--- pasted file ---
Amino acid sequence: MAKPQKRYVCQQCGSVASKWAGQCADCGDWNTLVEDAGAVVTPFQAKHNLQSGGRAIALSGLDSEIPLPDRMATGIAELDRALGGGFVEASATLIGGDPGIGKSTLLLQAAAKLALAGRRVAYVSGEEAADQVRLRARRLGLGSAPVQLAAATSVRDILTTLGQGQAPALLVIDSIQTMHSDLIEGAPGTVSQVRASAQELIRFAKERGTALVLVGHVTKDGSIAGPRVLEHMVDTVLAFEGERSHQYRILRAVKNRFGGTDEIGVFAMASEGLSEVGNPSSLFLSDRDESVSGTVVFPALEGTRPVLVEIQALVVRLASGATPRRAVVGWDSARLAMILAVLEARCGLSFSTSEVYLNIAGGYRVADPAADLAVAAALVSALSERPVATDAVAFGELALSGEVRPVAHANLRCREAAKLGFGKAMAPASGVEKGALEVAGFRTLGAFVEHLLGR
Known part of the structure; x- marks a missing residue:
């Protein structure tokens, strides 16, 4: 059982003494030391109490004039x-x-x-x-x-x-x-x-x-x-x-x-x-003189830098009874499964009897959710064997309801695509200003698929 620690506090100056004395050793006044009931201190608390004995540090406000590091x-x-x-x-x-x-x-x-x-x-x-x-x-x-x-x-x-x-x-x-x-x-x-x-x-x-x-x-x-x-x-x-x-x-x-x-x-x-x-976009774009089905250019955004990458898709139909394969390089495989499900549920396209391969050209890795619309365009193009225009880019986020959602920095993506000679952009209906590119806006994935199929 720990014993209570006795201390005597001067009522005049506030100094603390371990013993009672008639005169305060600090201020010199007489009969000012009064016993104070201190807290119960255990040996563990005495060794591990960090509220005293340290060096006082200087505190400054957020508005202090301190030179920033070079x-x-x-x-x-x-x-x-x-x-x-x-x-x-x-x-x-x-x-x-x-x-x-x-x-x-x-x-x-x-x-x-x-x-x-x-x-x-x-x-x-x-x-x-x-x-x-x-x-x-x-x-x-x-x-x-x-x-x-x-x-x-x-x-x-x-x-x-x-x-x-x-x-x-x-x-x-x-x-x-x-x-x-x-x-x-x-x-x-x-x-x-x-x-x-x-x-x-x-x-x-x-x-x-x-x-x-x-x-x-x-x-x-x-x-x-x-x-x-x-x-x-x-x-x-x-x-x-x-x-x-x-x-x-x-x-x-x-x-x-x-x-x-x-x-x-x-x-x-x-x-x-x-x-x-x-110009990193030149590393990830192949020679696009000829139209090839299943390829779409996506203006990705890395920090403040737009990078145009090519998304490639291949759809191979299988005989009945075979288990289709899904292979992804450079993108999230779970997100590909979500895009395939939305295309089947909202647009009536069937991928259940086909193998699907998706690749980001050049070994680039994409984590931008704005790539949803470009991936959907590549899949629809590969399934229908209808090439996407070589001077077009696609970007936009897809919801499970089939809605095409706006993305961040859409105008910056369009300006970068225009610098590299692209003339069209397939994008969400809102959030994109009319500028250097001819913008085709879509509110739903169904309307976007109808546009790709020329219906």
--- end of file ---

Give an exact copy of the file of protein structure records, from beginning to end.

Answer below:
Amino acid sequence: MAKPQKRYVCQQCGSVASKWAGQCADCGDWNTLVEDAGAVVTPFQAKHNLQSGGRAIALSGLDSEIPLPDRMATGIAELDRALGGGFVEASATLIGGDPGIGKSTLLLQAAAKLALAGRRVAYVSGEEAADQVRLRARRLGLGSAPVQLAAATSVRDILTTLGQGQAPALLVIDSIQTMHSDLIEGAPGTVSQVRASAQELIRFAKERGTALVLVGHVTKDGSIAGPRVLEHMVDTVLAFEGERSHQYRILRAVKNRFGGTDEIGVFAMASEGLSEVGNPSSLFLSDRDESVSGTVVFPALEGTRPVLVEIQALVVRLASGATPRRAVVGWDSARLAMILAVLEARCGLSFSTSEVYLNIAGGYRVADPAADLAVAAALVSALSERPVATDAVAFGELALSGEVRPVAHANLRCREAAKLGFGKAMAPASGVEKGALEVAGFRTLGAFVEHLLGR
Known part of the structure; x- marks a missing residue:
């Protein structure tokens, strides 16, 4: 059982003494030391109490004039x-x-x-x-x-x-x-x-x-x-x-x-x-003189830098009874499964009897959710064997309801695509200003698929 620690506090100056004395050793006044009931201190608390004995540090406000590091x-x-x-x-x-x-x-x-x-x-x-x-x-x-x-x-x-x-x-x-x-x-x-x-x-x-x-x-x-x-x-x-x-x-x-x-x-x-x-976009774009089905250019955004990458898709139909394969390089495989499900549920396209391969050209890795619309365009193009225009880019986020959602920095993506000679952009209906590119806006994935199929 720990014993209570006795201390005597001067009522005049506030100094603390371990013993009672008639005169305060600090201020010199007489009969000012009064016993104070201190807290119960255990040996563990005495060794591990960090509220005293340290060096006082200087505190400054957020508005202090301190030179920033070079x-x-x-x-x-x-x-x-x-x-x-x-x-x-x-x-x-x-x-x-x-x-x-x-x-x-x-x-x-x-x-x-x-x-x-x-x-x-x-x-x-x-x-x-x-x-x-x-x-x-x-x-x-x-x-x-x-x-x-x-x-x-x-x-x-x-x-x-x-x-x-x-x-x-x-x-x-x-x-x-x-x-x-x-x-x-x-x-x-x-x-x-x-x-x-x-x-x-x-x-x-x-x-x-x-x-x-x-x-x-x-x-x-x-x-x-x-x-x-x-x-x-x-x-x-x-x-x-x-x-x-x-x-x-x-x-x-x-x-x-x-x-x-x-x-x-x-x-x-x-x-x-x-x-x-x-110009990193030149590393990830192949020679696009000829139209090839299943390829779409996506203006990705890395920090403040737009990078145009090519998304490639291949759809191979299988005989009945075979288990289709899904292979992804450079993108999230779970997100590909979500895009395939939305295309089947909202647009009536069937991928259940086909193998699907998706690749980001050049070994680039994409984590931008704005790539949803470009991936959907590549899949629809590969399934229908209808090439996407070589001077077009696609970007936009897809919801499970089939809605095409706006993305961040859409105008910056369009300006970068225009610098590299692209003339069209397939994008969400809102959030994109009319500028250097001819913008085709879509509110739903169904309307976007109808546009790709020329219906």